One great place to find out about plants such as Tacsonias is at the monthly Strybing sales (link at bottom). Usually they've sold Passifloras at almost all such sales, and people such as Carlos Rendon, Dave H. as well as others including other customers are a great source of information. Not too many people go to these sales, yet the quality and variety of plants, as well as the expertise, is extremely high. Each plant has a "theme" (this Saturday's is perennials), but they sell the entire range of plants.

Your P. 'Oaklandia' looks great. Not all Passifloras are nice-looking plants (P. gritensis, for example, usually looks ratty). I think it's somewhat of a general phenomenon for Passifloras, in the ground, to often start putting out huge leaves. I think there may be something about this on Myles Irvine's site. I'll look, but I'm not exactly sure if I can track it down. I had to laugh when I noticed you have a Begonia luxurians in front. I have one in a (2 gallon?) pot and it's now 5' 7" above the level of the pot. It's growing at the rate of a foot a month, which puts it around 10 feet by the end of September if it keeps it up.

I've never heard of P. Allionii. It almost sounds like a combination of P. 'Belotii' and P. 'Allardii' or maybe a misspelling of one of those. However, I was also skeptical that P. 'Raspberries and Cream' was a new hybrid, and not a made up name (it turns out it's P. subpeltata x gritensis).

Here is a link that might be useful: Strybing (SF Botanical Garden) sales

This post was edited by mark4321 on Sun, May 4, 14 at 12:38

    Bookmark   June 4, 2013 at 12:13PM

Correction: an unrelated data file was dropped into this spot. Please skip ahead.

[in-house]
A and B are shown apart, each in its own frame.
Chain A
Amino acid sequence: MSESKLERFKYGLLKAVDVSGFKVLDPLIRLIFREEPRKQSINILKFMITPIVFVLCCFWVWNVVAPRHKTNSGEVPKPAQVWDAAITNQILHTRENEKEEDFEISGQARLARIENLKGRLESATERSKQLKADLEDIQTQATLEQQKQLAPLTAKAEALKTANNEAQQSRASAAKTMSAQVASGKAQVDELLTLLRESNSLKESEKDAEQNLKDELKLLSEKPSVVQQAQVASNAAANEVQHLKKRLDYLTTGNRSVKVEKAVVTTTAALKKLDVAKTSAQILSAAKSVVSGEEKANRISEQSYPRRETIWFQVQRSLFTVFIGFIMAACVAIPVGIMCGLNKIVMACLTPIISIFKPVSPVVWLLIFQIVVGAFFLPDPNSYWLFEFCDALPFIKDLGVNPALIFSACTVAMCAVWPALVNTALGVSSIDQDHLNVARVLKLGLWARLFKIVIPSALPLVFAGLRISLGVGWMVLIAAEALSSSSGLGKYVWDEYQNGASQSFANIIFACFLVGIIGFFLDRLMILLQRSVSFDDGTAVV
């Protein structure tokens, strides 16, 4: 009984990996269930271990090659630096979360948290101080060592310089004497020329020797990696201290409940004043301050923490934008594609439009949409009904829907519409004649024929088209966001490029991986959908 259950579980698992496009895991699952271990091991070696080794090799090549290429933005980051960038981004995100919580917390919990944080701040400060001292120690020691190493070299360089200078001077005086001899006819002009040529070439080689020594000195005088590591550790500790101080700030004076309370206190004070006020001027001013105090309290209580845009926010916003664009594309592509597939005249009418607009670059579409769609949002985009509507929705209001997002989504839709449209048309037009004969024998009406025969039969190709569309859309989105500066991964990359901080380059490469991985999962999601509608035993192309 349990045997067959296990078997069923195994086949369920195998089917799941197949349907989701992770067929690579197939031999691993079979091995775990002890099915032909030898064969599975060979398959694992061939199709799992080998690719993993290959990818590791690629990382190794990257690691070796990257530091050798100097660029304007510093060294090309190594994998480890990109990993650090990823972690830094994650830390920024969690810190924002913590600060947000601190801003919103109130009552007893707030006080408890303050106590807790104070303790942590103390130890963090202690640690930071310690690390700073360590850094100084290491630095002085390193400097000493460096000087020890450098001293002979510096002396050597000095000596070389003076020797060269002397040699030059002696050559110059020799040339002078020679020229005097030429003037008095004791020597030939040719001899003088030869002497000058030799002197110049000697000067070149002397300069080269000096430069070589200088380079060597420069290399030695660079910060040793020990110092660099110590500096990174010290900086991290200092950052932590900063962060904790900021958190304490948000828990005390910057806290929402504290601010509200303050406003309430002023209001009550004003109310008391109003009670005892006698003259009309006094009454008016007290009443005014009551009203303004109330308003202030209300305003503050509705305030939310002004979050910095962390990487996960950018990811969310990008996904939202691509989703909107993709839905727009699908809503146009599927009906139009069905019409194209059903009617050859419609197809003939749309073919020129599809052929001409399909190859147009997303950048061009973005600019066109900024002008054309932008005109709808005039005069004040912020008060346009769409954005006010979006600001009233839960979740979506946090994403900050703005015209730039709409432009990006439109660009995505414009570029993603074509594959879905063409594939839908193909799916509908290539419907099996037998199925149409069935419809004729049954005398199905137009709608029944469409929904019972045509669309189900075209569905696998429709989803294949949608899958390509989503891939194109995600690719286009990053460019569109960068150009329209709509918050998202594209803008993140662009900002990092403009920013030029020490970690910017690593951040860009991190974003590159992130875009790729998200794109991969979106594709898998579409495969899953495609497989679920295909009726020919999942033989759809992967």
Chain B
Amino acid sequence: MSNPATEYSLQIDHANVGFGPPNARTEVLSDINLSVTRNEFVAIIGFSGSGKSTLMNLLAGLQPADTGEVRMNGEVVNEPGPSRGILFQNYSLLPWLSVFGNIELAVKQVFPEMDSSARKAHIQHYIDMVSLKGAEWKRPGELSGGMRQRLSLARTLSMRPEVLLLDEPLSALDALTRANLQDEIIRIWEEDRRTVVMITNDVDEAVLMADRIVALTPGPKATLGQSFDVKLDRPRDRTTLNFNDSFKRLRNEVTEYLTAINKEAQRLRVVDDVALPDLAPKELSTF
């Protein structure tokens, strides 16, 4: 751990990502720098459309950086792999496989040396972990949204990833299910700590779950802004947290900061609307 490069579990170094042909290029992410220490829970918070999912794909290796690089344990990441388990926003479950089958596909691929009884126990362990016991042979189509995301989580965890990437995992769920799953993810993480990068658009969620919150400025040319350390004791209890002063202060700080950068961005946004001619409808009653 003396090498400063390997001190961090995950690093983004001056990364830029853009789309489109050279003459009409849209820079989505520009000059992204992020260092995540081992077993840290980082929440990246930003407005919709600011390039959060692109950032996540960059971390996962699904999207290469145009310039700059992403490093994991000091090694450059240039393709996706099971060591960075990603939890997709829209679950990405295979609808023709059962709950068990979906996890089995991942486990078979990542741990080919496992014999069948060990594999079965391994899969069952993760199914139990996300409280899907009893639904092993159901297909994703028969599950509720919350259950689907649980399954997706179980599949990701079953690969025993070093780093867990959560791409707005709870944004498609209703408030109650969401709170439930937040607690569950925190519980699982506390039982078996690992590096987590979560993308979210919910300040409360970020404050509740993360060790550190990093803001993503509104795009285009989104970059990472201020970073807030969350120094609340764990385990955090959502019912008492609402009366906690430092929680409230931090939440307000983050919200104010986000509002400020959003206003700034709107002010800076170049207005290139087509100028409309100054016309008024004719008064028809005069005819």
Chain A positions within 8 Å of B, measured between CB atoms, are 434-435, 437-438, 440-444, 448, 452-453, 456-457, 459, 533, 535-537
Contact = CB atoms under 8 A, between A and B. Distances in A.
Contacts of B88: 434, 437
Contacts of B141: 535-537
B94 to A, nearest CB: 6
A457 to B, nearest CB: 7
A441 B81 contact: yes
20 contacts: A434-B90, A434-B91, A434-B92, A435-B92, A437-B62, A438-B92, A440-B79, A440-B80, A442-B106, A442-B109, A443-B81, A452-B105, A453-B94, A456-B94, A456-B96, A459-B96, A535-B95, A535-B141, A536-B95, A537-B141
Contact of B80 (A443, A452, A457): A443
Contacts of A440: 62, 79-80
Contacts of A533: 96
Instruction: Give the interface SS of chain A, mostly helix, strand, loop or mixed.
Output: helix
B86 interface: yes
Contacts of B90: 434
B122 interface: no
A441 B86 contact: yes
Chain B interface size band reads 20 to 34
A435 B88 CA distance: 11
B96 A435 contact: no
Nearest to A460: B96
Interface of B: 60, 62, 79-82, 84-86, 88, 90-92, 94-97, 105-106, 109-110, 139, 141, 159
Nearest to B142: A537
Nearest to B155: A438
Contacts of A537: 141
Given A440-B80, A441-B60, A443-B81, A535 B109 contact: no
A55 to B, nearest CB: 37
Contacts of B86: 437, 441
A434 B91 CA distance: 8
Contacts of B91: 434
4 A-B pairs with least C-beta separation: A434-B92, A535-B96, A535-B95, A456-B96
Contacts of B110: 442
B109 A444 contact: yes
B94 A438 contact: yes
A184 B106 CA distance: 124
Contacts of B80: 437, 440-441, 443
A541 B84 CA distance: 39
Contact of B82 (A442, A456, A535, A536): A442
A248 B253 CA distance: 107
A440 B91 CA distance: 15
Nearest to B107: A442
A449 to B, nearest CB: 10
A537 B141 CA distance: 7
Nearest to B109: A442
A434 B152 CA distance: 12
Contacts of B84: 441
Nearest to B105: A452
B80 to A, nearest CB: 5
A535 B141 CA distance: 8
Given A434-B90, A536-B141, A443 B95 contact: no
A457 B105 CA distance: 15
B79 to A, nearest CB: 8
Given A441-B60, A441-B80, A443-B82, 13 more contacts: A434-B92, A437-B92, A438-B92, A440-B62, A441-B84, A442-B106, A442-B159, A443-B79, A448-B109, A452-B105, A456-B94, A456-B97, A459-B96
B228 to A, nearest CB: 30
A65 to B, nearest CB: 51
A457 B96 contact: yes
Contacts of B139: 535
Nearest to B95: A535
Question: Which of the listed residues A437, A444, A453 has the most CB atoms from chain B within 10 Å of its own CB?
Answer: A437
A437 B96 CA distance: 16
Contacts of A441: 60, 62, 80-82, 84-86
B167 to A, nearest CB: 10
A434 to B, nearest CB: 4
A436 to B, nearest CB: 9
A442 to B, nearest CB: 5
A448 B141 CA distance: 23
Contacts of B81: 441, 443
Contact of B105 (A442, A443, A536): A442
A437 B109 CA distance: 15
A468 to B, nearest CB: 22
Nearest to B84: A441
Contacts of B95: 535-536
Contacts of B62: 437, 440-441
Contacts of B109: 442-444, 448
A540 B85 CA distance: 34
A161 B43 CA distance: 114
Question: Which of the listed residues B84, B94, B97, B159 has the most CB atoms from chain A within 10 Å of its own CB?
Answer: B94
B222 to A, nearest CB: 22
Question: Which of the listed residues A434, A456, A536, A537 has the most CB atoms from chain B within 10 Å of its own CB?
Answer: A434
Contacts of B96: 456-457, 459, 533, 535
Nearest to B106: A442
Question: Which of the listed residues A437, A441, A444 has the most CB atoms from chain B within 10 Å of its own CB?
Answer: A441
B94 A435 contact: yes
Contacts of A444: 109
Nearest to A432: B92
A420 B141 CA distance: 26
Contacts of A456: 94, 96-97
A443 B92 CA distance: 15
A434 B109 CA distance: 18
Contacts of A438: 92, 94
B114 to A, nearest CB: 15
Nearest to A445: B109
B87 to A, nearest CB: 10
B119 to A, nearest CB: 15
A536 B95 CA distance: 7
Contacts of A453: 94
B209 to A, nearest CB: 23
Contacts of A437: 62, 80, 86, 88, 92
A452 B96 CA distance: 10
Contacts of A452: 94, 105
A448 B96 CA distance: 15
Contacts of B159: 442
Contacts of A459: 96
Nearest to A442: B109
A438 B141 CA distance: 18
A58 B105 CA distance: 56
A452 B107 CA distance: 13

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Sunset isn't perfect. I think that the best way to find out how well something grows in my area is to either grow it myself or talk to someone who has. Ex. Calandrinia spectabilis, Sunset says 15-17, 20-24, and yet here it is, out in the open, going nuts. It's the same with almost all of my plants from Annie's, the ones that Sunset lists, at least. Speaking of which, I just went yesterday. Here's what I picked up:
Aloe plicatilis

Aeonium nobile

Gladiolus tristis, potted with Babiana odorata and Ferraria schaeferi

Euphorbia mellifera

Beschorneria 'Martin Grantham Hybrids'

Galvezia juncea

Plectranthus ecklonii

Salvia macrophylla 'Upright Form'

Cussonia paniculata

Lilium regale

Graptoveria 'Fred Ives Crested'

Aeonium 'Sunburst'

Aloe tomentosa

Nolina microcarpa

Asclepias speciosa 'Davis'

Also I saw their 'Oaklandia' growing and flowering on the fence, and the filaments were white with just the barest hint of blue, and there was a question mark next to the hybrid name.
I would love to make it to a Strybing sale someday soon, thanks for the link. It's just a matter of facing the dreadful city traffic.
The begonia was grown indoors and brought out in February. It hasn't grown much since then.
I thought that it was odd that instead of just writing Passiflora sp. like they usually do, they made something completely random up. Very odd.

    Bookmark   June 4, 2013 at 1:51PM
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Hi Northbay,

Read with interest your comments and photos about Passiflora parritae x tarminiana âÂÂOaklandiaâÂÂ. I think that plant is going to surprise a lot of people. My plant looks very similar to yours, extremely healthy and growing nicely but about half the size of yours only because I've taken cuttings already ;-)